by Jill Kimball
One of classical music’s worst faults is its superiority, all too often on display. Many of those who perform and listen to classical music believe there is nothing more beautiful, more sacred. Some even believe everything else is noise.
Perhaps that’s why cellist Maya Beiser felt guilty and a little dirty after she heard rock music for the first time. As a child growing up in Israel’s Galilee Mountains, she listened to classical music and practiced on her cello diligently. But “the first time I heard Janis Joplin I felt shaken to the core,” she told her recording label, Innova. “Somehow her unique, raw expression snuck its way into the inner shrine where, until then, only the likes of Bach and Schubert were allowed to enter. It felt so sacrilegious that I was giddy with guilt.”
It was that feeling that inspired the cello diva’s latest album, “Uncovered.” It’s ten tracks of beautifully deconstructed classic rock songs, as spectacular a find for die-hard Led Zeppelin and Pink Floyd fans as it is for those who know absolutely nothing about classic rock.
Beiser has never shied from experimental music and has in fact made cross-cultural genre-bending her mission. She’s worked with the likes of Philip Glass, Tan Dun, Brian Eno and Steve Reich on new compositions. She’s the founding cellist of New York’s Bang on a Can. Her hometown was a cultural melting pot of Christians, Jews and Muslims, and she was born of a French mother and Argentinian father. With that kind of background, it’s no wonder her music resonates with people all over the world. (Her TED talk has been translated into 32 languages.)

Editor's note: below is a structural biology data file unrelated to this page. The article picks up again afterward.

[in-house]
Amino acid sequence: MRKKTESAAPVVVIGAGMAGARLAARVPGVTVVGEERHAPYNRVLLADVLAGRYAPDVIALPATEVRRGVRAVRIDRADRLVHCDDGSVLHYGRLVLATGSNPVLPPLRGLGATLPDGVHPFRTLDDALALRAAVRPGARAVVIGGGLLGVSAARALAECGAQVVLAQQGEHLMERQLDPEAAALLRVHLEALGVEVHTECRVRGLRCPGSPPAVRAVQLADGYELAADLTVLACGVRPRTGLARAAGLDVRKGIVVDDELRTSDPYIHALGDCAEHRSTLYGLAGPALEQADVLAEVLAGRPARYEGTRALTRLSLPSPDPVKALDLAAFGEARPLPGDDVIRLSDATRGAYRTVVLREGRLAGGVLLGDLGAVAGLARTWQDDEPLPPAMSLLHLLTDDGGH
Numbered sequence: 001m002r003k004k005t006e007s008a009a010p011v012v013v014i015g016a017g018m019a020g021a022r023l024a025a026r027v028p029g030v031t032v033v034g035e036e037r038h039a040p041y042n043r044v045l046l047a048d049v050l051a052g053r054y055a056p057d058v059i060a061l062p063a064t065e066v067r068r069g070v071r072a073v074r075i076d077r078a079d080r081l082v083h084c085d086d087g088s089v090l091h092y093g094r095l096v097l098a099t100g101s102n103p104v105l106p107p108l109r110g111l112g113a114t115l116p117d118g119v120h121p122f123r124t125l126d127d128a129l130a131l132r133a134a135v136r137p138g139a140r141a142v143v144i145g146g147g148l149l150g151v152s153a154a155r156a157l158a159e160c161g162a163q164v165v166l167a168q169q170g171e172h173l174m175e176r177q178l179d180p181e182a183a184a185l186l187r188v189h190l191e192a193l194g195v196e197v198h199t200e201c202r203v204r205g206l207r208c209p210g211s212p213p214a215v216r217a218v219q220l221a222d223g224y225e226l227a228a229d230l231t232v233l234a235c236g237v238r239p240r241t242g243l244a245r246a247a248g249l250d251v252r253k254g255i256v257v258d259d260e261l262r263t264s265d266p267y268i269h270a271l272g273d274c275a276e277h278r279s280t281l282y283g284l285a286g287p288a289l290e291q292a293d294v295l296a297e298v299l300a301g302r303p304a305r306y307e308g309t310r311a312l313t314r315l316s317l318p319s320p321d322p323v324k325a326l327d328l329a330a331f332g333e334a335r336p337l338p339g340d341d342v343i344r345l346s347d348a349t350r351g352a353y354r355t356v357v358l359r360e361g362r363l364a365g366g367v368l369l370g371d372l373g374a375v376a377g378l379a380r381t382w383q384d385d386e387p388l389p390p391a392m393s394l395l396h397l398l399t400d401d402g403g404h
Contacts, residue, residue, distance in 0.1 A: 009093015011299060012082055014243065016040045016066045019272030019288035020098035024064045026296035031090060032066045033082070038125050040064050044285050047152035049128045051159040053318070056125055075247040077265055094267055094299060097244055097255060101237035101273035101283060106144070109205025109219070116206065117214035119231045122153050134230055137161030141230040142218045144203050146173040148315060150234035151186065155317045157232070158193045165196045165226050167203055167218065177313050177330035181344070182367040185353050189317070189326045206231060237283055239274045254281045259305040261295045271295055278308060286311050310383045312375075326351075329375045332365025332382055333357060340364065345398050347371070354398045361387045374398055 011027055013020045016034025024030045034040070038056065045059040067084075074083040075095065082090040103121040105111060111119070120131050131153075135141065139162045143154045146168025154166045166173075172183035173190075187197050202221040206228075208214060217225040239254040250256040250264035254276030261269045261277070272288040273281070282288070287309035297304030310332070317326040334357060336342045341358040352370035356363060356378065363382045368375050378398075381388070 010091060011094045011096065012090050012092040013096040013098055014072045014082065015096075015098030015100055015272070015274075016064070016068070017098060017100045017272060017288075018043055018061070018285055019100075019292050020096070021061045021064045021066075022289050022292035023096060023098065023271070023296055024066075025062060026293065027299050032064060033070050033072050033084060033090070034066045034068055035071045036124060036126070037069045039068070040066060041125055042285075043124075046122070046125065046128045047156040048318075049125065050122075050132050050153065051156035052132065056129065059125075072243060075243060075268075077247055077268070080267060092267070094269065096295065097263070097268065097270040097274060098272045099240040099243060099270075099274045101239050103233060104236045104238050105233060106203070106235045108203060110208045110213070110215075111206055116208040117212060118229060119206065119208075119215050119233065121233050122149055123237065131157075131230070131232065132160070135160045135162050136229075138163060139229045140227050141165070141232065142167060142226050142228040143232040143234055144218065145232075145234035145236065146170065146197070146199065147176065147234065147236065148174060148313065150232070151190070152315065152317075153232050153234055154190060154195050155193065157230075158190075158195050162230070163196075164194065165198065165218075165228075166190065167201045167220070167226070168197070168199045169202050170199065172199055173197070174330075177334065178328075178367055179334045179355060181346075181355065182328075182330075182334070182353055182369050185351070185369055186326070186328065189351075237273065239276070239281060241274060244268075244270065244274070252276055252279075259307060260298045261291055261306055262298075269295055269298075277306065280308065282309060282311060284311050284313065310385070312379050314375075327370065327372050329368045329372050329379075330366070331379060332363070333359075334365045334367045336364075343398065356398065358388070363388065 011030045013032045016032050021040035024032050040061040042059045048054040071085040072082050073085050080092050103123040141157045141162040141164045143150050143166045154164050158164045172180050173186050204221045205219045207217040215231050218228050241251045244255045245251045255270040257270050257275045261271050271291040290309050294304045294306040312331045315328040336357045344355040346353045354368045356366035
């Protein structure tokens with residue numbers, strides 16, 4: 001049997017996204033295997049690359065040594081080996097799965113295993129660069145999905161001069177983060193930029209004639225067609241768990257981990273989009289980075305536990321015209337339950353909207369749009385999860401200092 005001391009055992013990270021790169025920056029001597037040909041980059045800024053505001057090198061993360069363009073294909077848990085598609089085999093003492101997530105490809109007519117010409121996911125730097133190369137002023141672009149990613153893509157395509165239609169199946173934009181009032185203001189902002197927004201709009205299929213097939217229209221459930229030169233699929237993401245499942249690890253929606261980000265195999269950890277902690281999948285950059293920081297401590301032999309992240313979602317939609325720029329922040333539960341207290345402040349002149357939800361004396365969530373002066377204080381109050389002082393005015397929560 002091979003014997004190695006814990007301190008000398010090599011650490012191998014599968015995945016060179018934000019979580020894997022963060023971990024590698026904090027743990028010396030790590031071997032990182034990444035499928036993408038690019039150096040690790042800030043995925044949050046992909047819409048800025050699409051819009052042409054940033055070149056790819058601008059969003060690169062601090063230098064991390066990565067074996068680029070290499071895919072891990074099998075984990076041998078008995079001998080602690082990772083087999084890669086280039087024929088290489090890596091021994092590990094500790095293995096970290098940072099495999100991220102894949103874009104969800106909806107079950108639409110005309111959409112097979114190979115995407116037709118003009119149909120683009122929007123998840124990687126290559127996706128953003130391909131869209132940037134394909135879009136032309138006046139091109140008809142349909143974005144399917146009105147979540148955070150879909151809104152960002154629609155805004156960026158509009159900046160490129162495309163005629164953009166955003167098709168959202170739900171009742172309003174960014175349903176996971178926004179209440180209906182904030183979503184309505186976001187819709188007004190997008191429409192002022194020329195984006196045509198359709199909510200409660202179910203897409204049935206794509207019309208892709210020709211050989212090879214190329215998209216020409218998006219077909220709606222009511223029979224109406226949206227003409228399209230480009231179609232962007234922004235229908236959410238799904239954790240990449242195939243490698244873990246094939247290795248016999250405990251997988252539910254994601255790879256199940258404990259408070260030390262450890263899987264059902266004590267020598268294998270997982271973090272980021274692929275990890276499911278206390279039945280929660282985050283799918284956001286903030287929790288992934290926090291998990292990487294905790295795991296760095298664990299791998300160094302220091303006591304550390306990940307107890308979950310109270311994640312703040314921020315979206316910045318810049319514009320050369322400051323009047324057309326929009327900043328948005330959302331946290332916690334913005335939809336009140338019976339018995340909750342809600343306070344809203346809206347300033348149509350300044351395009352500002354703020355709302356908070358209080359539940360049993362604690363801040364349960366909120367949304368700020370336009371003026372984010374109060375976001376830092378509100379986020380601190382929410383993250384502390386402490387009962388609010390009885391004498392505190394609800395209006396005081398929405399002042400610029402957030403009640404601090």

“Uncovered” is another excellent chapter in Beiser’s genre-defying book, proof positive that traditionally classical instruments don’t always have to sound prim and polished. In the Nirvana cover “Lithium,” for example, Beiser’s cello scrapes rudely across the strings to channel Kurt Cobain’s gritty, slightly out of tune singing voice. She bends the notes perfectly to capture Jimi Hendrix’s essence in “Little Wing.” And she does a hell of a good AC/DC electric guitar impression on “Back in Black.”
Channeling, rather than imitation, is really what she’s going for in this album, and thank goodness: straight-up covers are often mocked, panned and condemned for their lack of creativity. The covers that everyone remembers are those that shed completely new light on a song, like Janis Joplin’s bluesy take on the Gershwin classic “Summertime.” That track inspired Beiser’s own cover, where she shreds and wails on the cello to create a melody that so accurately imitates Joplin’s raspy vocals.
Other tracks seek to imitate the mood of the original song rather than the vocal quality, such as the balladic “Wish You were Here,” a Pink Floyd cover, and the mournful “Epitaph,” by King Crimson.
In short, the cello diva has done it again. Without giving up her own originality, cellist Maya Beiser captures every rasp, every scream, every bit of edginess and ugliness…everything that made these rock songs so legendary. “Uncovered” is the ultimate homage to the perfect imperfection of rock music.